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Title: Novel synthetic magnetic materials optimised for RF and microwave applications
Author: Swindells, Charles Richard
ISNI:       0000 0005 0286 1346
Awarding Body: Durham University
Current Institution: Durham University
Date of Award: 2020
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Understanding and controlling the dynamic magnetisation behaviour of magnetic systems is fundamental to current and future technological applications. This thesis examines the underlying physics and explores the potential of magnetic thin-film systems for high frequency applications. Particular focus was directed towards exploiting interfacial phenomena, to enhance the frequency bandwidth response, and lithographic patterning to control the resonant frequency. The design, development and functional capabilities of a purpose built integrated system to probe the dynamic response of magnetic thin-film systems as a function of applied magnetic field, excitation frequency (up to 15 GHz) and sample orientation is detailed. Sample motion, with respect to the measurement transmission line, was achieved with 5μm vertical motion precision and an angular step precision of 1.8°. Physical mechanisms and parameters involved in damping were investigated on multilayers combining ferromagnetic (Co, CoFeB) and heavy metal layers (Pt, Ru) to quantify interfacial spin-transport. Enhanced interfacial transparency, leading to higher damping, is observed for more closely matched FM/HM crystal structures. Including a thickness-dependent spin-diffusion length gives a bulk value of λs=9.4 ± 0.7 nm for Pt. The propagation of spin current into Pt was shown to be suppressed beyond a nominal SiO₂ insulating barrier of 2 nm corresponding to the formation of a continuous SiO₂ layers, from x-ray reflectivity analysis. The role of the induced moment in Pt with respect to interfacial damping was explored using synchrotron radiation. The nature of the induced moment was first explored by investigating the alignment of the Pt moment across the transition-metal-rare-earth ferrimagnetic magnetisation compensation transition. It was shown that the moment aligns with the transition-metal regardless of the dominant sub-lattice. The induced moment was correlated with the magnetic damping in CoFe/Pt and NiFe/Pt systems with Au and Cu spacer layers. The relation between an induced moment and enhanced damping highlights the role of d - d hybridisation. Photolithography was used to pattern materials to enhance the effective magnetic field. An almost linear relation was observed between the aspect ratio and the induced anisotropy field, and hence the resonant frequency. This relation was used to produce tessellated patterns with varying aspect ratio, that demonstrated an isotropic, broadband and field-free dynamic magnetisation response.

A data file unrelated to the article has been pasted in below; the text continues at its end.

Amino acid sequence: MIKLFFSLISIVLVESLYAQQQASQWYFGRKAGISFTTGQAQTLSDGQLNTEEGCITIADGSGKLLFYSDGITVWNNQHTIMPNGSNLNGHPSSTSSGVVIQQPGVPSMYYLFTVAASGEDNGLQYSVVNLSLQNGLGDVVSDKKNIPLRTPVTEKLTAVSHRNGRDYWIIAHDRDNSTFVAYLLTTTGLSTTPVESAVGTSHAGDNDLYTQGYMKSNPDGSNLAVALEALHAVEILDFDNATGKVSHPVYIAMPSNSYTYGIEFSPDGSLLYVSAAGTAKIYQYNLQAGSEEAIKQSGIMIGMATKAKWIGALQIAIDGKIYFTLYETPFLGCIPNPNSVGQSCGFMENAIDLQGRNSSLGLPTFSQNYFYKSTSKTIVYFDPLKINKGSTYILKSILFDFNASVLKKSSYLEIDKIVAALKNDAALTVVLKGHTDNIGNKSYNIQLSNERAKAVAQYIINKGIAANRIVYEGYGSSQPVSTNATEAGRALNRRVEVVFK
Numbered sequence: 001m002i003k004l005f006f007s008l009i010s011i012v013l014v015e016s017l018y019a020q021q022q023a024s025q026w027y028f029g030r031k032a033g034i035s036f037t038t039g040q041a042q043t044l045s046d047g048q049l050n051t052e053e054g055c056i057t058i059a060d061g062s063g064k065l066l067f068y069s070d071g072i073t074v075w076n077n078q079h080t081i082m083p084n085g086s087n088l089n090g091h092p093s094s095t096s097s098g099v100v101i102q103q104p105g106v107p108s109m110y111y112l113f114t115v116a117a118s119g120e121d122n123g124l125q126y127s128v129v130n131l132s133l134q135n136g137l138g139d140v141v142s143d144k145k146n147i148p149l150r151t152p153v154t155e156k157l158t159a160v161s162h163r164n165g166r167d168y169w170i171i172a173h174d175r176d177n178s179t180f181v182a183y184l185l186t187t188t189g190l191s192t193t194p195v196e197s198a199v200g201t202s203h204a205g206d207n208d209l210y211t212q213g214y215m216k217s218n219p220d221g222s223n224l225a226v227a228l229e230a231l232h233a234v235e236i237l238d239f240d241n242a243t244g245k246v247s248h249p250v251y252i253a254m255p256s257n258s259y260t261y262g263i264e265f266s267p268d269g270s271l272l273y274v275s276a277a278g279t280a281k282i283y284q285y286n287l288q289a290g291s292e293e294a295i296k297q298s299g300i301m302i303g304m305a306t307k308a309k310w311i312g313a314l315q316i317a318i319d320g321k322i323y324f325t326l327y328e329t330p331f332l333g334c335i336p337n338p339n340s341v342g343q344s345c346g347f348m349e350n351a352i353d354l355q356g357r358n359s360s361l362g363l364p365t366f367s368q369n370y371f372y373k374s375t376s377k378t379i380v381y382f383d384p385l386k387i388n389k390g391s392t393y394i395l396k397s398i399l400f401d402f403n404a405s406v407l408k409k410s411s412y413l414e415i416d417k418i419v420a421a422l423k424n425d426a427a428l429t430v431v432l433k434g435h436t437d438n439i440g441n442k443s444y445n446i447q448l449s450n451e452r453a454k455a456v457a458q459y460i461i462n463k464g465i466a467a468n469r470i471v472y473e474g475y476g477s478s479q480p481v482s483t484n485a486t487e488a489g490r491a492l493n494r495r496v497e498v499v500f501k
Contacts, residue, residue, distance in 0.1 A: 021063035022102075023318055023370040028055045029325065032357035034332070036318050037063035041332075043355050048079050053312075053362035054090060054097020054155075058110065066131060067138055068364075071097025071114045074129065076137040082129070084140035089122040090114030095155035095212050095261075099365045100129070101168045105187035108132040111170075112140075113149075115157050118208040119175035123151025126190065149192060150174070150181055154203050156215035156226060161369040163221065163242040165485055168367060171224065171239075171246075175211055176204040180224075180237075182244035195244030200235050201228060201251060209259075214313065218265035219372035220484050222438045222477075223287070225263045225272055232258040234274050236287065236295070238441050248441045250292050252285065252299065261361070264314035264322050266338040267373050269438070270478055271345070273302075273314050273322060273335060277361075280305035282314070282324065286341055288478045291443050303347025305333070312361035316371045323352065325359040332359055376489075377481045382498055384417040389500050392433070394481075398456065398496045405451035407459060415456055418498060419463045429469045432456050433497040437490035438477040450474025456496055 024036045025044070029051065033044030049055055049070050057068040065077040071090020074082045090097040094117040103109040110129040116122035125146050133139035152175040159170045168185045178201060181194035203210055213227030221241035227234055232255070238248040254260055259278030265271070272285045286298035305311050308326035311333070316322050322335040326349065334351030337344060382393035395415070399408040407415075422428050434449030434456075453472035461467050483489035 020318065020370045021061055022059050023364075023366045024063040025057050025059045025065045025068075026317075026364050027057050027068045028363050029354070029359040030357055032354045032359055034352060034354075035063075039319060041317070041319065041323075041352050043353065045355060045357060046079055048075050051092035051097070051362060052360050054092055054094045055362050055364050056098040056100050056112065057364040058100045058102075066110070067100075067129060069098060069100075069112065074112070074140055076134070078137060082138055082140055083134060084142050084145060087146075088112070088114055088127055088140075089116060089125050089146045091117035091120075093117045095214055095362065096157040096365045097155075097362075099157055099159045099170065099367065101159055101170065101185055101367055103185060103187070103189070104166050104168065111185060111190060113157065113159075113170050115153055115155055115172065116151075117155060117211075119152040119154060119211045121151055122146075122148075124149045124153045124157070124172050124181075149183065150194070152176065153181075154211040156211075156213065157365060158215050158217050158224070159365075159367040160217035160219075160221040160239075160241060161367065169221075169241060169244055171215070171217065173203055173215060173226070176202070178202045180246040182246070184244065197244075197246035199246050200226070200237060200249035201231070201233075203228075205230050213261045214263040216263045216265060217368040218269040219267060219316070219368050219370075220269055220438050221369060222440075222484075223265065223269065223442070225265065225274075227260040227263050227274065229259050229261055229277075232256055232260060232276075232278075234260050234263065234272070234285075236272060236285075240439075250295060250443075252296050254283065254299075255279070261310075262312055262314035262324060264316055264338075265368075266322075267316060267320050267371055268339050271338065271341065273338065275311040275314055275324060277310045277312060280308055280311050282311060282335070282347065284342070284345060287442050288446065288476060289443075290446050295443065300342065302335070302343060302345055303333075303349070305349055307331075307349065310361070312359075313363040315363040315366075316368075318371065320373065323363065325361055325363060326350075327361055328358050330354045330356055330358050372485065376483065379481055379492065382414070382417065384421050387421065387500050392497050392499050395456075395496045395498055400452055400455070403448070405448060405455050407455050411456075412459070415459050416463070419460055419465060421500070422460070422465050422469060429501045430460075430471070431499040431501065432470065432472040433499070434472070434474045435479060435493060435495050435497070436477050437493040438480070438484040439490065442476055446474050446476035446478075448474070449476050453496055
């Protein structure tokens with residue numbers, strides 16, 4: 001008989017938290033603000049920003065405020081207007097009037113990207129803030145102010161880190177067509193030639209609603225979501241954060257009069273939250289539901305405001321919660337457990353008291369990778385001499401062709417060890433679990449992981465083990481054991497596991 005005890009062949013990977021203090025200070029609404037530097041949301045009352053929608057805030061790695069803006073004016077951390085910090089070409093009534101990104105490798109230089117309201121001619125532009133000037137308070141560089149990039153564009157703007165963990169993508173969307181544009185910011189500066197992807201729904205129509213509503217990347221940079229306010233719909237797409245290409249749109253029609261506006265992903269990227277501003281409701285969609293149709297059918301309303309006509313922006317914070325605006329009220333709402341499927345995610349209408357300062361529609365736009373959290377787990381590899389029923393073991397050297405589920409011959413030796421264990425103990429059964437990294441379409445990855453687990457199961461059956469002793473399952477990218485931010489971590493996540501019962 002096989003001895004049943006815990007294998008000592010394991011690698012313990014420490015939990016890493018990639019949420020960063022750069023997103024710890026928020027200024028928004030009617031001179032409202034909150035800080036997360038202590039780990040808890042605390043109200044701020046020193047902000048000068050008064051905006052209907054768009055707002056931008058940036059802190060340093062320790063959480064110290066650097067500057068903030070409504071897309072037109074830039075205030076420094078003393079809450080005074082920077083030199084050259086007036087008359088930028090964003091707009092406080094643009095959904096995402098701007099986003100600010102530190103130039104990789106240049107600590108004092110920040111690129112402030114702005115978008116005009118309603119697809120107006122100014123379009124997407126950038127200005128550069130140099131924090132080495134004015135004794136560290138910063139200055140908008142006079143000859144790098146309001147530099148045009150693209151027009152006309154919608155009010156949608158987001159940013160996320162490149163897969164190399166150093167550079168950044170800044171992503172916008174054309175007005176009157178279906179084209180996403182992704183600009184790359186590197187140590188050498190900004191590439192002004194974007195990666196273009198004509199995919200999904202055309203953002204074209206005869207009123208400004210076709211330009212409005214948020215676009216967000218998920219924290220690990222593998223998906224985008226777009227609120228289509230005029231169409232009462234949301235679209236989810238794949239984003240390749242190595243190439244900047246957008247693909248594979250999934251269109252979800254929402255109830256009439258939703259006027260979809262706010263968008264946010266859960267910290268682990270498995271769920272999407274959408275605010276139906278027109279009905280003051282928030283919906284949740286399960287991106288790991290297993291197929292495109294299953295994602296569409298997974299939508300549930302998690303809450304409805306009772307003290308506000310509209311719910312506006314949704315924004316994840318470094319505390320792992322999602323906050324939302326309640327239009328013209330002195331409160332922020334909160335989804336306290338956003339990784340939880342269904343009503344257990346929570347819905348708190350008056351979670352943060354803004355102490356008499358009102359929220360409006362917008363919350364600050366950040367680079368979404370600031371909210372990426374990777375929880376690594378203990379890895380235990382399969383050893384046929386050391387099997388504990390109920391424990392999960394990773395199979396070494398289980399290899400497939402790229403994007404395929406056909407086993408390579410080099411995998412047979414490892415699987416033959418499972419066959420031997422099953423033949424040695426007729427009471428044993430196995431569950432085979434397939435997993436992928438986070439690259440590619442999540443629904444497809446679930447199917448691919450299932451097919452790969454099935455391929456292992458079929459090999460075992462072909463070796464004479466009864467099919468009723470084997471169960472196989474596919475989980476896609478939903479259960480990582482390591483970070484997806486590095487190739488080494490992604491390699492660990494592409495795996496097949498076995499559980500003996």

Supervisor: Not available Sponsor: Not available
Qualification Name: Thesis (Ph.D.) Qualification Level: Doctoral
EThOS ID:  DOI: Not available